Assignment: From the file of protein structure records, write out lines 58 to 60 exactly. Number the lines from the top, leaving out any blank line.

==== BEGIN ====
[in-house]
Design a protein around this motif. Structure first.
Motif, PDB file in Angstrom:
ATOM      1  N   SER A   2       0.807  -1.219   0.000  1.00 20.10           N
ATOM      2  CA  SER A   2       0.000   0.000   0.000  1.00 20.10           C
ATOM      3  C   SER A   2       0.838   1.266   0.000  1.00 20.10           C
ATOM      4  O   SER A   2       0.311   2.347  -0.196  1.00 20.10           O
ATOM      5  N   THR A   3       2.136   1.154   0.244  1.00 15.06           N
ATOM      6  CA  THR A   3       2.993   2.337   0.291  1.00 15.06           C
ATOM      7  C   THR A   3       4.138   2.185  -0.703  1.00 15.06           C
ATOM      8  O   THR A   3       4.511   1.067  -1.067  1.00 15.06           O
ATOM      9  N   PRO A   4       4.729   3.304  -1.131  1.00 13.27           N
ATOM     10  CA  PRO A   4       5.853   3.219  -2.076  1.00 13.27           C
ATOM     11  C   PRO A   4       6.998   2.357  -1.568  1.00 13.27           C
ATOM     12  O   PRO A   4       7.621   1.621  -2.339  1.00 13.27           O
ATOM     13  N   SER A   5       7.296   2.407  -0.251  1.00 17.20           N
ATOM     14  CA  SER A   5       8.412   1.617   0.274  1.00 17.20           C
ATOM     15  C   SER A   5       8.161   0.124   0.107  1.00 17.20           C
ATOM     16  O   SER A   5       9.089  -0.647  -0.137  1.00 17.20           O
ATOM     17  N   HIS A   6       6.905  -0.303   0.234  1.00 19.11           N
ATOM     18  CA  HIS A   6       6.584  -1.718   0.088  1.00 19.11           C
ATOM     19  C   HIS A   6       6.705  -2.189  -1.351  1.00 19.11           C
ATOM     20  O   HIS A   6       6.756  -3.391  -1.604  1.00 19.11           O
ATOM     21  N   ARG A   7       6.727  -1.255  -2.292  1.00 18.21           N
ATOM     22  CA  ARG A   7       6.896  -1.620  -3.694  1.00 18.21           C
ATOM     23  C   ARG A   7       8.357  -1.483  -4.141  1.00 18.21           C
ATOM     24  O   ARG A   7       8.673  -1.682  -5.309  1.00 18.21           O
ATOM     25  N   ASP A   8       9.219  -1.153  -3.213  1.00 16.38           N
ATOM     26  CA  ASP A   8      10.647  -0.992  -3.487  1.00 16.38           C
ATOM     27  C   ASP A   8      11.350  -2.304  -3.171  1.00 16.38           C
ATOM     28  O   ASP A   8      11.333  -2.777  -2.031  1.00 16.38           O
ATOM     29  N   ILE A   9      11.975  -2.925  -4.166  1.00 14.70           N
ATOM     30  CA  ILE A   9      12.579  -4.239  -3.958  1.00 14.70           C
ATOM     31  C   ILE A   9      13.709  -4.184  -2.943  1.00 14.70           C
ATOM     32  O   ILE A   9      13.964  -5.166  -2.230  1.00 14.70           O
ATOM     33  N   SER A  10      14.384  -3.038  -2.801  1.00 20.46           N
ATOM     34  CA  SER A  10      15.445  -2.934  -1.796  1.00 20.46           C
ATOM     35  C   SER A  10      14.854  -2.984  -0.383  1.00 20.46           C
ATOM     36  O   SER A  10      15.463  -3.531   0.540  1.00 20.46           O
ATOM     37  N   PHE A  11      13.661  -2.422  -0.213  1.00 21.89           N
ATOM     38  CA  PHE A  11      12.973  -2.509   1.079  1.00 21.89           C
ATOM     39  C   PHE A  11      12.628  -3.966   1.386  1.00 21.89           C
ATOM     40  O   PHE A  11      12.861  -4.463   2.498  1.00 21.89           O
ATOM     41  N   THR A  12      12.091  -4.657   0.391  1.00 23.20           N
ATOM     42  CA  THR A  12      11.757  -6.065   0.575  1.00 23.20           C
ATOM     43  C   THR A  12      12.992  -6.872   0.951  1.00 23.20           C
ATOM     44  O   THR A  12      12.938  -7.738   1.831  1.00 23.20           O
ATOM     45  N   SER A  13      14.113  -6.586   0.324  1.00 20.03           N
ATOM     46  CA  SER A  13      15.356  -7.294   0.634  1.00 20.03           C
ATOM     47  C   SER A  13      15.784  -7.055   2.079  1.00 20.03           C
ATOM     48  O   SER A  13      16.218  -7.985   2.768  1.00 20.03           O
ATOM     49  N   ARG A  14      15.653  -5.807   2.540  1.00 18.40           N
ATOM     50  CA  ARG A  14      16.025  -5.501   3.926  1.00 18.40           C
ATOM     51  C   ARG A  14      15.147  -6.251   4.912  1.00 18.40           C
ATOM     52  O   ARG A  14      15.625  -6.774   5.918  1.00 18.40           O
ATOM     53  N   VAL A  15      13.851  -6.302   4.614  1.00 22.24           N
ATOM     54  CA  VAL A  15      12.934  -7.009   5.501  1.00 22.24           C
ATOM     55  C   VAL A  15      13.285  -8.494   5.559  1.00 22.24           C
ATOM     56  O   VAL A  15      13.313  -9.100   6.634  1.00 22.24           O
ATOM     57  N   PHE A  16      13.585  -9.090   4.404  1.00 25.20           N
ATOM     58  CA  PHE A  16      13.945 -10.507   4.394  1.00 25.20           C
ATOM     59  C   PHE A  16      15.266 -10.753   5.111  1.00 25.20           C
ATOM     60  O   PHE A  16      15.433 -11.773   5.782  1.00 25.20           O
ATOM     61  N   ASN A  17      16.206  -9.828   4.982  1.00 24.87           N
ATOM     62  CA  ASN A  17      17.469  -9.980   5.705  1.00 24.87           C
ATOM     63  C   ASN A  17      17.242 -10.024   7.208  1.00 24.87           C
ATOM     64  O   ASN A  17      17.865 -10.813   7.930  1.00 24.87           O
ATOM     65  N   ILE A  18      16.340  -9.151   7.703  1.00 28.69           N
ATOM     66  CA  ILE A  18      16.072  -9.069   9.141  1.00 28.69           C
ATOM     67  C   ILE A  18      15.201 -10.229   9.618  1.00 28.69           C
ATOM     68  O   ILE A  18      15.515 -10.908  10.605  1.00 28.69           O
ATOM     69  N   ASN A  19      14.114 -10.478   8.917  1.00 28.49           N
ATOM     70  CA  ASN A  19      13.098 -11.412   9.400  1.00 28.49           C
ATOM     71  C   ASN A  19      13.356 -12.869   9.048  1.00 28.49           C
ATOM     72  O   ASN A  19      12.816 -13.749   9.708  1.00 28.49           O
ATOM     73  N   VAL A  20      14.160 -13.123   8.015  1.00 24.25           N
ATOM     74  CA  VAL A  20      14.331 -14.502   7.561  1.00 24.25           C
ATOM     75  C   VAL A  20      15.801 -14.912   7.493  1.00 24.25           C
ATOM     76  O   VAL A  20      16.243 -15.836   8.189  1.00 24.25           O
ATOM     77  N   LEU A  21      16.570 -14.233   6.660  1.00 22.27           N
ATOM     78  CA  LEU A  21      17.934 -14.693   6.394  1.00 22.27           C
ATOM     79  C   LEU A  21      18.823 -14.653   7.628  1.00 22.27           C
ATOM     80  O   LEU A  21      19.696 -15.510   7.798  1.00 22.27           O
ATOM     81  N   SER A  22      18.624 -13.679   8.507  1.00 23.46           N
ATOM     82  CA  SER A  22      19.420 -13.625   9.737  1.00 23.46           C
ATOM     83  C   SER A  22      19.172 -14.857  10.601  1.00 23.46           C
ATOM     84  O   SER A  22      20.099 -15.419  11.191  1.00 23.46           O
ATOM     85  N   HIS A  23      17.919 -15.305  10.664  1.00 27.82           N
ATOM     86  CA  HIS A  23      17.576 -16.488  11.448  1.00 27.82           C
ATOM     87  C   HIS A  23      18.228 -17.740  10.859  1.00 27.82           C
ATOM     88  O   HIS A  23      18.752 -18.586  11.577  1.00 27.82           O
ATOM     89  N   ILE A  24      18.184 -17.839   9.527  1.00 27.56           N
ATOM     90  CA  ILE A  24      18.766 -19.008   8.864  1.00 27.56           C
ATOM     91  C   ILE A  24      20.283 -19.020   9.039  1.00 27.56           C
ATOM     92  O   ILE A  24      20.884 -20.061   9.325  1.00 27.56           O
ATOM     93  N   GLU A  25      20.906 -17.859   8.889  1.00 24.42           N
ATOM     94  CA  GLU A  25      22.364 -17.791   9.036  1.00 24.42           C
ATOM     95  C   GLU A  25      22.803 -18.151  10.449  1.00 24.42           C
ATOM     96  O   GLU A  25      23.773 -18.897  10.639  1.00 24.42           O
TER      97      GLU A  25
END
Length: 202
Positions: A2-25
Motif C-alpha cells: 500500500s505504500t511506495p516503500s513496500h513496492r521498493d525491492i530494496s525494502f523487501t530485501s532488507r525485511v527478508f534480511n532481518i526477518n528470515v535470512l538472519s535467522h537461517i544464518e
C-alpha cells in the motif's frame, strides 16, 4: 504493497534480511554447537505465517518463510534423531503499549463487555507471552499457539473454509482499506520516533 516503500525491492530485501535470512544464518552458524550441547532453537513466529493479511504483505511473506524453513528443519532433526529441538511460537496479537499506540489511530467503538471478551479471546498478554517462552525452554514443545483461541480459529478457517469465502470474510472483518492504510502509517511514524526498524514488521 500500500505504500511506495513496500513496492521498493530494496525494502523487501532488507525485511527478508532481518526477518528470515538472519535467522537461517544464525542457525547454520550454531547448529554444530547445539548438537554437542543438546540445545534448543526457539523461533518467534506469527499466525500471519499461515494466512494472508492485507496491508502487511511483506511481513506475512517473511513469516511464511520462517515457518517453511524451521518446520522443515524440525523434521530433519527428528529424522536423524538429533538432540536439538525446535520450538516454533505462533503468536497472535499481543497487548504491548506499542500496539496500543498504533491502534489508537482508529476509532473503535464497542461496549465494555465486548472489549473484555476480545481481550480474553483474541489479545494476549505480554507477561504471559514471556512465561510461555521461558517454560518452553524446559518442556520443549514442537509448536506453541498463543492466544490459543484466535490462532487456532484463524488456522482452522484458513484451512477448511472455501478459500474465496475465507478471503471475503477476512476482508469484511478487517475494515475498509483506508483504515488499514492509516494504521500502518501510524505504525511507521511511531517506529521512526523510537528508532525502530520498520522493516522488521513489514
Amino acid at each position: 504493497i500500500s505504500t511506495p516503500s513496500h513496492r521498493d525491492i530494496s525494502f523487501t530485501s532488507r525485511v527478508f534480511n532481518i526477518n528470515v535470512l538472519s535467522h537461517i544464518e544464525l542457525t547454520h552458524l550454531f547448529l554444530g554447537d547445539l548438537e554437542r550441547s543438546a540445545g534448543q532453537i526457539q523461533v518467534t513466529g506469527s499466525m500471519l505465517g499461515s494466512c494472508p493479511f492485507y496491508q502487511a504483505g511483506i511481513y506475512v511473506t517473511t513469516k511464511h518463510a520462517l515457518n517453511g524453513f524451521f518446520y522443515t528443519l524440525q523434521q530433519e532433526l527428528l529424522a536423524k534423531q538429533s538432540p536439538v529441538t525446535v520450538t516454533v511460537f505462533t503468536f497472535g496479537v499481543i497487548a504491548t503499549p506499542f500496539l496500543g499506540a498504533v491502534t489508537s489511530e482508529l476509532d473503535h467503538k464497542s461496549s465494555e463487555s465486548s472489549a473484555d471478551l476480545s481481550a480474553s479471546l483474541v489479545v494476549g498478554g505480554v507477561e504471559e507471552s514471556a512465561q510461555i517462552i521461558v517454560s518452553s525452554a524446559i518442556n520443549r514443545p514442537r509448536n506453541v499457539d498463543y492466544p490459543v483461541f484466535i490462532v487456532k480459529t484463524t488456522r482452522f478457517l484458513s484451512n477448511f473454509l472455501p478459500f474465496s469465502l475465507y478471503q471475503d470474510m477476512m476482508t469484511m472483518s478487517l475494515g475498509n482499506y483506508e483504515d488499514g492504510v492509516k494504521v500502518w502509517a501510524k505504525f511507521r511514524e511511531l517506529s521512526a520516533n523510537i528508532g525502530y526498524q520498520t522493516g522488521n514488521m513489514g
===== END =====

ATOM     55  C   VAL A  15      13.285  -8.494   5.559  1.00 22.24           C
ATOM     56  O   VAL A  15      13.313  -9.100   6.634  1.00 22.24           O
ATOM     57  N   PHE A  16      13.585  -9.090   4.404  1.00 25.20           N